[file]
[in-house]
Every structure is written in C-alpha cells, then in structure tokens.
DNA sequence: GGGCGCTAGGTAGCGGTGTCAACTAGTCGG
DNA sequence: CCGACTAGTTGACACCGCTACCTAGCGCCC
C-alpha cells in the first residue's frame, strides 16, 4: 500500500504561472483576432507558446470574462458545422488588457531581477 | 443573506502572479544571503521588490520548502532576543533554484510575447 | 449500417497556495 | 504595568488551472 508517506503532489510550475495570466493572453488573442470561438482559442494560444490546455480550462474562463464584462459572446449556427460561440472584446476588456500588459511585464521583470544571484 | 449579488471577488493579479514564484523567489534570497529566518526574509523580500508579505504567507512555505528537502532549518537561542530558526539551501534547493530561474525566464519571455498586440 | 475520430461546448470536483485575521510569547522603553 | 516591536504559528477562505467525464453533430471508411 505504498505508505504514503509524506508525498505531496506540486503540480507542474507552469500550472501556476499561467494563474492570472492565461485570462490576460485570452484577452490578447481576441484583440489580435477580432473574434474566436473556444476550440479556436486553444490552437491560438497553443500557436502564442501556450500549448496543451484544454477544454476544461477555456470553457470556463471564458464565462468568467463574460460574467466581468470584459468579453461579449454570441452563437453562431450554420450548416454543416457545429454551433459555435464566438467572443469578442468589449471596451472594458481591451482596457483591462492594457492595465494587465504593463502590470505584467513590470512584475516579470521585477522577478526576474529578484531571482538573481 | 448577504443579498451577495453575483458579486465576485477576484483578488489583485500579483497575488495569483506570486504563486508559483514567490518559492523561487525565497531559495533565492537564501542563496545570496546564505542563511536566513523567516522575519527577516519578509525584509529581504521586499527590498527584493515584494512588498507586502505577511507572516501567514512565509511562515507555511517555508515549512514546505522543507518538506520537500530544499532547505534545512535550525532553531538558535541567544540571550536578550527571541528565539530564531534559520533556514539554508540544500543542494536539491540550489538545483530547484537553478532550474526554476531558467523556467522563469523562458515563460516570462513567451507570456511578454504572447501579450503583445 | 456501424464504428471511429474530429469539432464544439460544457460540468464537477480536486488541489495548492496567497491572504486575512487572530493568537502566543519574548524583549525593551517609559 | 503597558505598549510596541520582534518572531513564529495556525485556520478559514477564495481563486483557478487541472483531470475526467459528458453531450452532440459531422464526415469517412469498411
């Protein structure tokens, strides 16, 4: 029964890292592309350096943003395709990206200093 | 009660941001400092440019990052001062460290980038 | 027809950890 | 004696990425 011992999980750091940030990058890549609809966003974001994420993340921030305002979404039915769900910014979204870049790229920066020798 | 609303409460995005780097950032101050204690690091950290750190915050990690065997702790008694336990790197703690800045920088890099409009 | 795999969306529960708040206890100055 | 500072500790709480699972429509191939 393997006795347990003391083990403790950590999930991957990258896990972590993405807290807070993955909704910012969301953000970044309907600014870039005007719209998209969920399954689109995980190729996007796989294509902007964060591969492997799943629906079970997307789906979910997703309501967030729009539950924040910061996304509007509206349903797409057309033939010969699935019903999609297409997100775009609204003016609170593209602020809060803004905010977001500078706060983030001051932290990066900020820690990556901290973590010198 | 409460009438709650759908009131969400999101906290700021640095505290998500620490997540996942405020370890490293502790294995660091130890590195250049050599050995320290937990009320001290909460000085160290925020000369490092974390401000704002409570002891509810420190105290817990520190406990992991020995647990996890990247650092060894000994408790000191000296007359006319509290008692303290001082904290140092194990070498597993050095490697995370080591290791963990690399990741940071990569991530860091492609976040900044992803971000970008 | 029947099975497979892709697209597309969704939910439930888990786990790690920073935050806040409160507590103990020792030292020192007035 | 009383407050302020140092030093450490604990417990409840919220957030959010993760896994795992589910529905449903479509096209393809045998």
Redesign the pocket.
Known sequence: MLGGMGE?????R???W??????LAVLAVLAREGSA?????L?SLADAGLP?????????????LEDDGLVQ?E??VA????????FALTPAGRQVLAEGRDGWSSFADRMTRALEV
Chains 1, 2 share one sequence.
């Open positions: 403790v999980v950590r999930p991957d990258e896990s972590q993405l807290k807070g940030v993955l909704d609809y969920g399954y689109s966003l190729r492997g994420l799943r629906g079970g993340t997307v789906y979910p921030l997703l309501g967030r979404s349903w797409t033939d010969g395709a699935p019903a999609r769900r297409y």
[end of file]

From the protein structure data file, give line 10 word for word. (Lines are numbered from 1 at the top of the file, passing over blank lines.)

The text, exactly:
């Open positions: 403790v999980v950590r999930p991957d990258e896990s972590q993405l807290k807070g940030v993955l909704d609809y969920g399954y689109s966003l190729r492997g994420l799943r629906g079970g993340t997307v789906y979910p921030l997703l309501g967030r979404s349903w797409t033939d010969g395709a699935p019903a999609r769900r297409y």